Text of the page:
Although located under the broad CIA category, this file includes material on the relationship between the media and the intelligence community generally.
b. Daniloff Affair
Alsop, Joseph W., with Adam Platt. "I've Seen the Best of It": Memoirs. New York: Norton, 1992.
According to Surveillant 2.4, the author "knew what CIA was up to in many places ... and had close ties to many senior figures in CIA in its early days.... The book's principal weakness lies in the author's too golden view of the Kennedy administration." Alsop includes a section on "CIA relations with press." See also, Yoder, Joe Alsop's Cold War (1995).
Heidenry, John. Theirs was the Kingdom: Lila and Dewitee Wallace and the Story of the Reader's Digest. New York: Norton, 1994.
McGehee, CIABASE, January 1995 Update Report says that this book "portrays the close relationship between the CIA and the Reader's Digest." It "names individuals, publications and books authored as part of the CIA's propaganda."
Mapother, John R. "Espionage versus Journalism." World Intelligence Review 15, no. 2 (Mar./Apr. 1996): 1.
The author notes that journalists are assumed by security agencies to be seeking classified information; and, therefore, are not terribly effective cover for intelligence operations. In any event, the use of journalists by the CIA was rare during the Cold War.
Atlas World Press Review. Editors. "The CIA and the Press." 25 (Mar. 1978): 22-25. [Petersen]
Barbosa, Roberto. "The CIA and the Press: Foreign Reaction to Disclosures of Media Manipulation." Atlas World Press Review 25 (Mar. 1978): 22-25. [Petersen]
Carvalho, Bernardo A. The CIA and the Press. Freedom of Information Report No. 382. Columbia, MO: University of Missouri School of Journalism, 1977. [Petersen]
Columbia Journalism Review. Editors. "CIA, FBI, and the Media: Excerpts from the Senate Report on Intelligence Activities." 15 (Jul. 1976): 37- 42. [Petersen]
Crile, George, 3d. "The Fourth Estate: A Good Word for the CIA." Harper's, Jan. 1976, 28-30ff. [Petersen]
Cuneo, Ernest. "What's the Story Behind the CIA and Newsmen Abroad." Human Events 33 (22 Dec. 1973): 8 ff.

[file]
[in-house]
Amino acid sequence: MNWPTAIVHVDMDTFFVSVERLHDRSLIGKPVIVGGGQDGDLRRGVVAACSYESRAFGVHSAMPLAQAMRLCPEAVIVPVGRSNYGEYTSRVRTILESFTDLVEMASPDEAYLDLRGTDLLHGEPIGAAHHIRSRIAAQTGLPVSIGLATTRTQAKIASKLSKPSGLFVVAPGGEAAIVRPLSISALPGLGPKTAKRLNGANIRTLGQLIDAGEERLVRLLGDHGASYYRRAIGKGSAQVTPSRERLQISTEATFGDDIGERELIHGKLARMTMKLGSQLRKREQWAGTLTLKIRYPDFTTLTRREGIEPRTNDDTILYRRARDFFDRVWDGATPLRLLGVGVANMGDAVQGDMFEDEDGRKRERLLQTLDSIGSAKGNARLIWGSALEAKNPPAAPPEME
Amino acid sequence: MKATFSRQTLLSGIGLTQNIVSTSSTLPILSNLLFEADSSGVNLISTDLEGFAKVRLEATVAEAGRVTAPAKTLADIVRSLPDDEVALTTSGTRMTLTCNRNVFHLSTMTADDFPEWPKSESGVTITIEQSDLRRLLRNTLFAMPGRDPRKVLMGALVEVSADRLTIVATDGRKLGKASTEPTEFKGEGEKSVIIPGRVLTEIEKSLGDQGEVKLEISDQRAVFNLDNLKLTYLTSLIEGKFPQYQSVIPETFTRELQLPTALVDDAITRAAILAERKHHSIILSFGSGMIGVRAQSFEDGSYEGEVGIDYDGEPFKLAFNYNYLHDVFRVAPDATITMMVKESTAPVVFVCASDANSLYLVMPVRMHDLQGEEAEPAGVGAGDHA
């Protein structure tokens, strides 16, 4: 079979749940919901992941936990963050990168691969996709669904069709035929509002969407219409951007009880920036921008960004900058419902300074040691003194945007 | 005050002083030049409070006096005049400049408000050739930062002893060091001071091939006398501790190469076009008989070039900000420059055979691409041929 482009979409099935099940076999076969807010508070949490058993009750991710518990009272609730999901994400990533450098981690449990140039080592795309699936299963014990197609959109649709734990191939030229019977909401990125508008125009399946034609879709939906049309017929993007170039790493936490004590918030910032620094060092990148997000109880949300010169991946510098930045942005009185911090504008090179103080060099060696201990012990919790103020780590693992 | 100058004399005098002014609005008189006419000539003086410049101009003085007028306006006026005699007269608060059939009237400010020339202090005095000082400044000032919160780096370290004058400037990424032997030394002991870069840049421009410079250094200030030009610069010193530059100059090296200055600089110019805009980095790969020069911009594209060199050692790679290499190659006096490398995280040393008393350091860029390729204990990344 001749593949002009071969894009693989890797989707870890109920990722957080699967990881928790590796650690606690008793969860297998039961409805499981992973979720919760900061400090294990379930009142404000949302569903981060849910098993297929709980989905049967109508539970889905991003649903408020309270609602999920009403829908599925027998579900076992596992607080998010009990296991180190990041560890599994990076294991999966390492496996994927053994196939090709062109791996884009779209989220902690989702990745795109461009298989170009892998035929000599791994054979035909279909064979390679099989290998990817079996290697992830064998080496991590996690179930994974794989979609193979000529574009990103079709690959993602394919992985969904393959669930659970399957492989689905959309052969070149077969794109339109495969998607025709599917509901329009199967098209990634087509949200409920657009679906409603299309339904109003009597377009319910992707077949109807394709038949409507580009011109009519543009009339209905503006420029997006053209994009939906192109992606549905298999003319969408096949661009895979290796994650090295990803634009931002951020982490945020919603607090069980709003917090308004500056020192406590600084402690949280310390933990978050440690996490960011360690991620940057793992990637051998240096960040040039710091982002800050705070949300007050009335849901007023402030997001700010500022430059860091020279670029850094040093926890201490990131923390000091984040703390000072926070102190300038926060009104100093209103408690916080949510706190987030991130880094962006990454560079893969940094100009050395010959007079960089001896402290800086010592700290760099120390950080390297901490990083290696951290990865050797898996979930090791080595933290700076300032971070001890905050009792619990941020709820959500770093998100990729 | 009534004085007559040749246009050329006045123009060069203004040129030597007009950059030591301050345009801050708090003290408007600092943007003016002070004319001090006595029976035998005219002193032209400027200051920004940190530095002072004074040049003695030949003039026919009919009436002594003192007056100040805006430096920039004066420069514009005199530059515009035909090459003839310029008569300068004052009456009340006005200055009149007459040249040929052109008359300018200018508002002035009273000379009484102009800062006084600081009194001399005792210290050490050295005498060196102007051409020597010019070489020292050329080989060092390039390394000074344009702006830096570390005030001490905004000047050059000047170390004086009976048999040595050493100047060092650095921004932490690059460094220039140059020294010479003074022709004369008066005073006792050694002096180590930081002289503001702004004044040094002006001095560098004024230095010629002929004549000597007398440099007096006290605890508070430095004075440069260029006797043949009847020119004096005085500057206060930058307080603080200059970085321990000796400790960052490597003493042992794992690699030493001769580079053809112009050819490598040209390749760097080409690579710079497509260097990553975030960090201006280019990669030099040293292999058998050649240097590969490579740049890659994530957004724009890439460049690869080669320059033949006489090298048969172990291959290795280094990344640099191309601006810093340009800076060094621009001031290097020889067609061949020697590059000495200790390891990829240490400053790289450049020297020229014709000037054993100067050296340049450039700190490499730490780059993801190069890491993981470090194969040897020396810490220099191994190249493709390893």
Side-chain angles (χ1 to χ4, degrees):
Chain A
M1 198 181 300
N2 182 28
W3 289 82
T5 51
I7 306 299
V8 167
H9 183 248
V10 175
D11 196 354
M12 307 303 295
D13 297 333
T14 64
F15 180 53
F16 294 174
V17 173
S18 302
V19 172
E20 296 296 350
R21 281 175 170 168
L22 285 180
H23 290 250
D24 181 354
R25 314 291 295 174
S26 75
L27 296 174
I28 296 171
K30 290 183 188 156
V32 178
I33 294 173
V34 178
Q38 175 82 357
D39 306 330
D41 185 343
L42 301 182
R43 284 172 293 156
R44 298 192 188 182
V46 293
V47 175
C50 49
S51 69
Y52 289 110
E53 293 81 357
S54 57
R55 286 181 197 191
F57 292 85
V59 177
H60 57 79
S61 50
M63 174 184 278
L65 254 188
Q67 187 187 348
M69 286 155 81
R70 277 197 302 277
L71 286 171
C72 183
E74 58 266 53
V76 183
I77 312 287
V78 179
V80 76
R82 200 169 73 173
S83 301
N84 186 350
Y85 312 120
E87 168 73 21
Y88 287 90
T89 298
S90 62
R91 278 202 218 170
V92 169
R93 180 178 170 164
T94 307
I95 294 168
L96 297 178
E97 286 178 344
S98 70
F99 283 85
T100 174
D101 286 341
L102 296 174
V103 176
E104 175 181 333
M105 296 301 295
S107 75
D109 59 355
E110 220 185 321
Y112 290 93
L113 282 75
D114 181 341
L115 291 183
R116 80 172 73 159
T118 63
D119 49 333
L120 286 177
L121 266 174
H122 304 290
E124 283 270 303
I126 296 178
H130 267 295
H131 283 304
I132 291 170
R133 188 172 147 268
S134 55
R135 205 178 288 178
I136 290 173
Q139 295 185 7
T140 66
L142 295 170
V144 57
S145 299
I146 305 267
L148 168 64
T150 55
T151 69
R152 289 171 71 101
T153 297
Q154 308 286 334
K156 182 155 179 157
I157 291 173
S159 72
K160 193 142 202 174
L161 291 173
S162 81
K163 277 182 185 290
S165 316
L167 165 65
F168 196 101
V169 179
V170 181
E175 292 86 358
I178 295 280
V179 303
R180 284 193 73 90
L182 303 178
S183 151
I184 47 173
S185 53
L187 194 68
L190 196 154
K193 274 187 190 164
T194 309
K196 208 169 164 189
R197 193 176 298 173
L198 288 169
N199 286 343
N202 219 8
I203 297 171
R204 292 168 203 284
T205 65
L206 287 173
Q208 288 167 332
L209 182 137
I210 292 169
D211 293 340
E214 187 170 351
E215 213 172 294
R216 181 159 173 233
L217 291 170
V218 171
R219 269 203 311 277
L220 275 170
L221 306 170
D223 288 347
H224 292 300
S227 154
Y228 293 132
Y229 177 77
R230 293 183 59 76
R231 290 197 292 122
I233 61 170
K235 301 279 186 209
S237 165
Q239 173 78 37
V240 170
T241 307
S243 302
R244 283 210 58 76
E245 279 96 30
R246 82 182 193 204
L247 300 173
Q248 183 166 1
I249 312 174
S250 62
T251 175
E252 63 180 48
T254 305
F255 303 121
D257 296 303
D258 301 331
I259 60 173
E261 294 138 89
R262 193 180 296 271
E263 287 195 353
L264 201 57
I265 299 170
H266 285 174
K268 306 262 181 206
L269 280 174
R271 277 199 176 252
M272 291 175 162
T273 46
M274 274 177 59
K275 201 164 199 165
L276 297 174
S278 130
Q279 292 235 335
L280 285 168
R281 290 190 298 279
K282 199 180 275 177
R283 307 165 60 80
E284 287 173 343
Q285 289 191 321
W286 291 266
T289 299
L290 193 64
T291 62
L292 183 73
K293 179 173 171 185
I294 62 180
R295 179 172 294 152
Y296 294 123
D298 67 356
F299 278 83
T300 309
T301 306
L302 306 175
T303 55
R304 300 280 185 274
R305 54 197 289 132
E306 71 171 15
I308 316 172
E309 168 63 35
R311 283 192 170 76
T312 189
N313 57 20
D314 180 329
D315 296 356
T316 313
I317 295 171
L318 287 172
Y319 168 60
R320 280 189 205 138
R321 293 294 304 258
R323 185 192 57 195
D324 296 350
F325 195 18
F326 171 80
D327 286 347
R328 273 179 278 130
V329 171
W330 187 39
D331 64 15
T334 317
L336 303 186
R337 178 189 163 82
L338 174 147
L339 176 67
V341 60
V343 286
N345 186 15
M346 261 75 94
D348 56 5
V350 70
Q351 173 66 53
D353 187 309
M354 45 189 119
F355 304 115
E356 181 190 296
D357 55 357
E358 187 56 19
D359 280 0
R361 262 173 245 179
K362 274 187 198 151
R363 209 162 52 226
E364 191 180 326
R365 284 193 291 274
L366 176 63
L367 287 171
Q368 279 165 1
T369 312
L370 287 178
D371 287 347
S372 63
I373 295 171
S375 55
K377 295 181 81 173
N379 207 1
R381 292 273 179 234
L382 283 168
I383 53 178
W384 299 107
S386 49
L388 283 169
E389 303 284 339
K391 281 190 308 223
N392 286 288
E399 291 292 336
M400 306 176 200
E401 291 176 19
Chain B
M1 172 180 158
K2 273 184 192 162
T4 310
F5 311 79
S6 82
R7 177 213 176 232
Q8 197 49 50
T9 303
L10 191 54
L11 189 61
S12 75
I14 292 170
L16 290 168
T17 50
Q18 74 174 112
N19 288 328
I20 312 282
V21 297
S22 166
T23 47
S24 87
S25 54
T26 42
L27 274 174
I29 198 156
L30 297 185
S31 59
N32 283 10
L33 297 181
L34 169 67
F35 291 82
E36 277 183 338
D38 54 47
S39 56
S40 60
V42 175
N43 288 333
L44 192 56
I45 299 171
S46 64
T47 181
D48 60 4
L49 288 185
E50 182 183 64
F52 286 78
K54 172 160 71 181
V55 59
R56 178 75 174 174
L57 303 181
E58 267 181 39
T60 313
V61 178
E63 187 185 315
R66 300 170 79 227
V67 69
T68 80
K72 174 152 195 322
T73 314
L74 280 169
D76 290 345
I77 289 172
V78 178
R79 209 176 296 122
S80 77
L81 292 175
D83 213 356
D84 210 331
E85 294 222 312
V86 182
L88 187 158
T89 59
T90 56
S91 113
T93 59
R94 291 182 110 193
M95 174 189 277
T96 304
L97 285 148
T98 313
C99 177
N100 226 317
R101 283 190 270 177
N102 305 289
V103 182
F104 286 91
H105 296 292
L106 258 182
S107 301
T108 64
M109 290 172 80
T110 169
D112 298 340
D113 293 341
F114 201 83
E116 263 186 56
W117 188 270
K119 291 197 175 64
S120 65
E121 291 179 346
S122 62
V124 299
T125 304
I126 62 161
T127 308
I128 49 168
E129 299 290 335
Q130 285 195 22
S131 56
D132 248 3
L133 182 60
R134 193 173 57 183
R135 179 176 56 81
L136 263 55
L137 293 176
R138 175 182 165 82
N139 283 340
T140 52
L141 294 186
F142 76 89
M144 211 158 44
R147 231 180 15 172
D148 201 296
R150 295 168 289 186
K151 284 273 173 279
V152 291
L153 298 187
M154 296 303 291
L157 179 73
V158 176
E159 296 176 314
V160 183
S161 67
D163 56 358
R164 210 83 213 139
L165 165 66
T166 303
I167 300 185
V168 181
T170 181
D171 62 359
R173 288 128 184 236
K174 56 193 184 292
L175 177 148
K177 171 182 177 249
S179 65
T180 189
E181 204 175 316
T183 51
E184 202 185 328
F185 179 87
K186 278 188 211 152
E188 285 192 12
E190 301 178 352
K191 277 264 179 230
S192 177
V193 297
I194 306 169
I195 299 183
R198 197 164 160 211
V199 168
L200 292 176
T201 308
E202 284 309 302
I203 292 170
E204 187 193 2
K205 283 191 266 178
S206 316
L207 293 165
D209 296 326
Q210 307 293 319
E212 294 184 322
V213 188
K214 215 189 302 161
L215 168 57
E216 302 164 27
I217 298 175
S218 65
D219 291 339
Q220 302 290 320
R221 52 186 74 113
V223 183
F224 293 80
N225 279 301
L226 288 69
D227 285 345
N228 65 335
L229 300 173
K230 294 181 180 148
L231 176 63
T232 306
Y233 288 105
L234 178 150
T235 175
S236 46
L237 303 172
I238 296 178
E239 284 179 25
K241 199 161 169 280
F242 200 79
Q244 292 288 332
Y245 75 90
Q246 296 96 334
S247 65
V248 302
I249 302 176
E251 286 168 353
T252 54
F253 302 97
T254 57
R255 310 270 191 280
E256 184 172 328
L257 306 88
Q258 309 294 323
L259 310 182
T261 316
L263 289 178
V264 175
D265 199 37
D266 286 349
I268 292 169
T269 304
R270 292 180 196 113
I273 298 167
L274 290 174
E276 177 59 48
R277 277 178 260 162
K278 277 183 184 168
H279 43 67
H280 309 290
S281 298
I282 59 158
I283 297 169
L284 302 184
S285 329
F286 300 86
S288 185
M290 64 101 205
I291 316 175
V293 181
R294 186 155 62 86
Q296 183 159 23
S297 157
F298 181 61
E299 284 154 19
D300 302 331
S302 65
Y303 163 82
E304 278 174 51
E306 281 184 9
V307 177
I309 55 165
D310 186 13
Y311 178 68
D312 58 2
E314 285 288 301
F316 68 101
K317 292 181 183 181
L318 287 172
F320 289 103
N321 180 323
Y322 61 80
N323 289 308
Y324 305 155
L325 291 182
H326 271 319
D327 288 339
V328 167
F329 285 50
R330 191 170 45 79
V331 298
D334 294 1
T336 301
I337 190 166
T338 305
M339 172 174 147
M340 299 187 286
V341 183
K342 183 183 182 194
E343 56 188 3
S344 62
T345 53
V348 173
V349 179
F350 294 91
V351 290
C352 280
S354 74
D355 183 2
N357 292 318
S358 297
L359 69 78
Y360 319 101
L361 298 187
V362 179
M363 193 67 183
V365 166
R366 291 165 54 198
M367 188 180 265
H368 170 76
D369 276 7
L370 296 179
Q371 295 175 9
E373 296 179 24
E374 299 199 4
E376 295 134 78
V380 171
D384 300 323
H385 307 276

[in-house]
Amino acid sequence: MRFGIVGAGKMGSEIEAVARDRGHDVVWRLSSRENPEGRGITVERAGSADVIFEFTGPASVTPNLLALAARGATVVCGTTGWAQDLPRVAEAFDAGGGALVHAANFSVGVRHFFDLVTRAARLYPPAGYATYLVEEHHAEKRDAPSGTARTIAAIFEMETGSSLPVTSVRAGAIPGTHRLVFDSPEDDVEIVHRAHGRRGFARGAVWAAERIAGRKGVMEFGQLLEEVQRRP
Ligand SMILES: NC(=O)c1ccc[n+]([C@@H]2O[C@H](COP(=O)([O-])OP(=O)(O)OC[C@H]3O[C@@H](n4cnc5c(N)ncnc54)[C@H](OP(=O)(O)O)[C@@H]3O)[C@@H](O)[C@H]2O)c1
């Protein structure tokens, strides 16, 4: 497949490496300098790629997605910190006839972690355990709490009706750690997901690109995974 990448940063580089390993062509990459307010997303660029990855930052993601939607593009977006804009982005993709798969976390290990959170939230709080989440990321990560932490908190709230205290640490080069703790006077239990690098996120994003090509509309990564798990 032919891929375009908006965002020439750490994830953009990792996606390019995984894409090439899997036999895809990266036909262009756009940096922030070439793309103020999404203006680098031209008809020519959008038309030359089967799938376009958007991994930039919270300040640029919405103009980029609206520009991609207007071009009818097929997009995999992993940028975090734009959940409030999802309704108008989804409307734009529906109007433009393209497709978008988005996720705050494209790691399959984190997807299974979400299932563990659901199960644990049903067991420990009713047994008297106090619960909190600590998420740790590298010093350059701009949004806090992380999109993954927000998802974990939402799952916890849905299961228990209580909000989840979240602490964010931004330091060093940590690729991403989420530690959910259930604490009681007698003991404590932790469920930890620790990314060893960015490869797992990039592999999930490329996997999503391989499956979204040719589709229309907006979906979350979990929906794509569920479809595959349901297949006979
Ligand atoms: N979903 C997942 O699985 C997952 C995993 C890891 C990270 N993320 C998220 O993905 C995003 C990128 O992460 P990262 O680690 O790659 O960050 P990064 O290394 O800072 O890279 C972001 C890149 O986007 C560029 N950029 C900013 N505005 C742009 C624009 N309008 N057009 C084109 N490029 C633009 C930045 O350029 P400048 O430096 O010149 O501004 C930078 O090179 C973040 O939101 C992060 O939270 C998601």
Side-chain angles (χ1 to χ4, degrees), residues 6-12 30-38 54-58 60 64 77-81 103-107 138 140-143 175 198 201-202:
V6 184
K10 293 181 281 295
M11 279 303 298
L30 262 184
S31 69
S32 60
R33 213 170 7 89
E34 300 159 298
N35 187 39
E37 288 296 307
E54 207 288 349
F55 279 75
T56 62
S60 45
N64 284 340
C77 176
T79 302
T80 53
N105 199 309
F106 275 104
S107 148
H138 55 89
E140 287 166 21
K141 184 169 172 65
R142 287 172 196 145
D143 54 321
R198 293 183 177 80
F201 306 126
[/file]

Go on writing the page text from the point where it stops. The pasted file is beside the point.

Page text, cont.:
Petersen: "Former intelligence officer."
U.S. Congress. House. Permanent Select Committee on Intelligence. Subcommittee on Oversight. "The CIA & the Media." Hearings. Washington, DC: GPO, 1979.
The Aspin Hearings.
American Intelligence Journal. Editors. "A Journalist's Perspective on Public Disclosures: Interview of Bob Woodward." 9, no. 1 (1988): 9-14.
Johnson, Loch K. "The CIA and the Media." Intelligence and National Security 1, no. 2 (May 1986): 143-169.
Webster, William H. "Intelligence and the Media." Periscope 14, no. 1 (1989): 17-18.
b. Daniloff Affair
American Bar Association. Standing Committee on Law and National Security. "The Daniloff Affair: New Rules for American Correspondents?" Intelligence Report 8, no. 10 (1986): 7-8. [Petersen]
Daniloff, Nicholas. "How We Spy on the Russians." Washington Post Magazine, 9 Dec. 1979, 24 ff. [Petersen]
Daniloff, Nicholas. Two Lives, One Russia: The True Story of One American's Harrowing and Illuminating Experience as a Pawn of the KGB. New York: Avon Books, 1990.
Petersen identifies Daniloff as a "U.S. correspondent detained in the USSR." Surveillant 1.1 calls the book a "good account of the squealing that results when a smug and fragile journalist gets his toe caught in the door of cold-war espionage."
[Deutch, John.] "DCI Testimony Before the Senate Select Committee on Intelligence." Periscope 21, no. 5 (1996): 1-2.
DCI John Deutch's statement of 17 July 1996 to the SSCI "concerning possible use of American journalists, American clergy or the Peace Corps." For text of Deutch's statement, Click HERE.
Hernandez, Debra Gersh.
1. "Posing as Journalists." Editor & Publisher, 2 Mar. 1996, 8-9, 22.
The author reviews the (then-)current flap about the CIA's use of journalists for intelligence collection and for operational cover.
2. "Journalists as Spies." Editor & Publisher, 10 Aug. 1996, 16-17, 36.
Hernandez reports on hearings before the SSCI. Quoted as testifying in favor of a total ban on the use of journalists in CIA operations or as cover for CIA officers are Terry Anderson, Ted Koppel, and Mort Zuckerman. Kenneth L. Adelman would leave the existing policy in place. Senators Kerrey (D-NE) and Glenn (D-OH) spoke against a total ban.